My project is a tool chest and it’s a present for my brother-in-law. He’s a pattern maker by trade and has a bunch of hand tools he uses in his job, so I hope he finds the chest useful. At his shop he has opportunities to buy used tools that retired pattern makers or other people are selling. Sometimes he has to buy whole sets of tools and if he gets a tool he already has, he’ll give it to me. He also helped me get my used lathe and scroll saw at a very good price from his shop’s repairman. So I thought I would try and make him something special by hand carving his name and the plane into the lid panel. After I got it together and painted, I noticed that I didn’t get the carving and the lettering straight and square with the rest of the case. Oh well, when you screw up carving something you can always get away with it by calling it “Folk Art”.
I got the plans for the tool chest from Woodsmith magazine. The case is made with through dovetails and I used my router and router jig to cut the dovetails. However, my router jig is much smaller than the case, I have the Porter-Cable 4212, 12 inch jig and the case is 16 inches high. To cut the dovetails I followed the article that was in Wood magazine. It describes how to remove the template from the jig base and attach it to some spacers so you can cut through dovetails of any length. There is also a video on their web site that shows this technique. It was a lot easier to do than I thought it would be. I didn’t spend a whole lot of time on the tool trays because I’m not sure what he’ll put in it and or how he will want it organized. I did make the small chest of drawers with the thought that he can take it out and place it on his bench for access.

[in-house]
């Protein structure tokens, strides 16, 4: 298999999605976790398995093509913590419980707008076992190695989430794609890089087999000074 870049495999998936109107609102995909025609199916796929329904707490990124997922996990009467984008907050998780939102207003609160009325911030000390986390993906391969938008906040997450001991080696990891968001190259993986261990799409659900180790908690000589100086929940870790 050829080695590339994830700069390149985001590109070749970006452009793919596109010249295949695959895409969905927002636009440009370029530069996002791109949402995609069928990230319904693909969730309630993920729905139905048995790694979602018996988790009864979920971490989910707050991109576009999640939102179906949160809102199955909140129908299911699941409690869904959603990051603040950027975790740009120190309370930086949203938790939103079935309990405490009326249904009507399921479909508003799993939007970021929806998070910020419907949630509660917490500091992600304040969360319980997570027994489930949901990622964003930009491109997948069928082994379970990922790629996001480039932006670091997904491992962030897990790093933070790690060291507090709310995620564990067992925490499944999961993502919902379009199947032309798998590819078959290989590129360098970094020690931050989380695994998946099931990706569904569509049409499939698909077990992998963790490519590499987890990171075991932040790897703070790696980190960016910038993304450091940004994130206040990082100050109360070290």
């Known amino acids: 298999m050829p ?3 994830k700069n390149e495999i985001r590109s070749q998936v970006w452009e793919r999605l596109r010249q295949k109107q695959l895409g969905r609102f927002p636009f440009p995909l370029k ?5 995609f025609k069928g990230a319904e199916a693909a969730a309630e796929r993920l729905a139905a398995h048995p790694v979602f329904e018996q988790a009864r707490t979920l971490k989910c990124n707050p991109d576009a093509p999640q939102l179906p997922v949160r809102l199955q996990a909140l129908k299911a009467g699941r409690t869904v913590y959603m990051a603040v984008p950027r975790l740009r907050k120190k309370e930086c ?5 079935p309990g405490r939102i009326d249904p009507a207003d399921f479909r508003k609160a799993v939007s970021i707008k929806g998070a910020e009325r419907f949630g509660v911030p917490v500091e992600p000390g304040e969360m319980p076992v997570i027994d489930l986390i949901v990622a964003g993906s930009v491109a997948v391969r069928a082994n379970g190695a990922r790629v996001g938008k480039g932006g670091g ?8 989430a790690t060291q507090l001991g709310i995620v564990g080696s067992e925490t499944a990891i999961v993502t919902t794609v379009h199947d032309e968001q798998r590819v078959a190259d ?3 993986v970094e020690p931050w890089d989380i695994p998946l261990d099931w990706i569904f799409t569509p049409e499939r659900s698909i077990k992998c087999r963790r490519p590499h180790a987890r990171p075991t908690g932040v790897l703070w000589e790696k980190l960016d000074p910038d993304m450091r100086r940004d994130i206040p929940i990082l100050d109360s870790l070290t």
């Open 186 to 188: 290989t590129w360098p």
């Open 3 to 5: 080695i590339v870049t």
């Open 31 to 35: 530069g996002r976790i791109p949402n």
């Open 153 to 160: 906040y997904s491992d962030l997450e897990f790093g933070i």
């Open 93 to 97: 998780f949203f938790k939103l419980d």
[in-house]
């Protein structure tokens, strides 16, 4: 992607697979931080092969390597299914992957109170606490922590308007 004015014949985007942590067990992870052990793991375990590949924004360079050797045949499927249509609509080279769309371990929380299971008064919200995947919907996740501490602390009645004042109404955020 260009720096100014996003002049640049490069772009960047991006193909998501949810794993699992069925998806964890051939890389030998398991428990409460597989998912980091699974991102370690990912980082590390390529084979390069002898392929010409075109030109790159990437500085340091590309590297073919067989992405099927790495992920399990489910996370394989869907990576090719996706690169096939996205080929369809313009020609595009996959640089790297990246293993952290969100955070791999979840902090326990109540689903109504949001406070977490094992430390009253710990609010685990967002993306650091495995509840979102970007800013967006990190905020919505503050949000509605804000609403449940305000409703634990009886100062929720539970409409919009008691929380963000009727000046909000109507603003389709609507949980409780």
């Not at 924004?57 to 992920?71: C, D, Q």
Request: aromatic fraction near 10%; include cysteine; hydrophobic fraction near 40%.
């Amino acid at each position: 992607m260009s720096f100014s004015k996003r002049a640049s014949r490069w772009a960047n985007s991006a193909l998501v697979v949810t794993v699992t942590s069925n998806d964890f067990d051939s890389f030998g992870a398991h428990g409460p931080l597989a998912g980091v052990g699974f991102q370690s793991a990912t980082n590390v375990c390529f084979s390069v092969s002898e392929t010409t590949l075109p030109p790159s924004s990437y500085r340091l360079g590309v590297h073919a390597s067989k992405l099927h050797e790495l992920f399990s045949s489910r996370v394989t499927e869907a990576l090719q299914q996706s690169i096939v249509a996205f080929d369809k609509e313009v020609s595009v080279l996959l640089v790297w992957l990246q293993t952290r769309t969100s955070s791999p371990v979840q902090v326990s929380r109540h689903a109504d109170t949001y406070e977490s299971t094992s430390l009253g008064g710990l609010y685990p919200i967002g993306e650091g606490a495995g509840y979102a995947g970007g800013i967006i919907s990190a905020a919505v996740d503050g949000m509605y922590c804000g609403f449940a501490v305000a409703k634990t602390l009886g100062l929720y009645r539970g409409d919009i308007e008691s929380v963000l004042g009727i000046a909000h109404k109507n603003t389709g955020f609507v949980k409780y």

I painted the case with Milk Paint to try and give it that old fashion look. I decided to paint it after I got it together and realized I didn’t do a good job in matching the wood grain when I glued up the boards to make the sides. Thanks for the web site. I really enjoy it and I’ve learned a lot from it.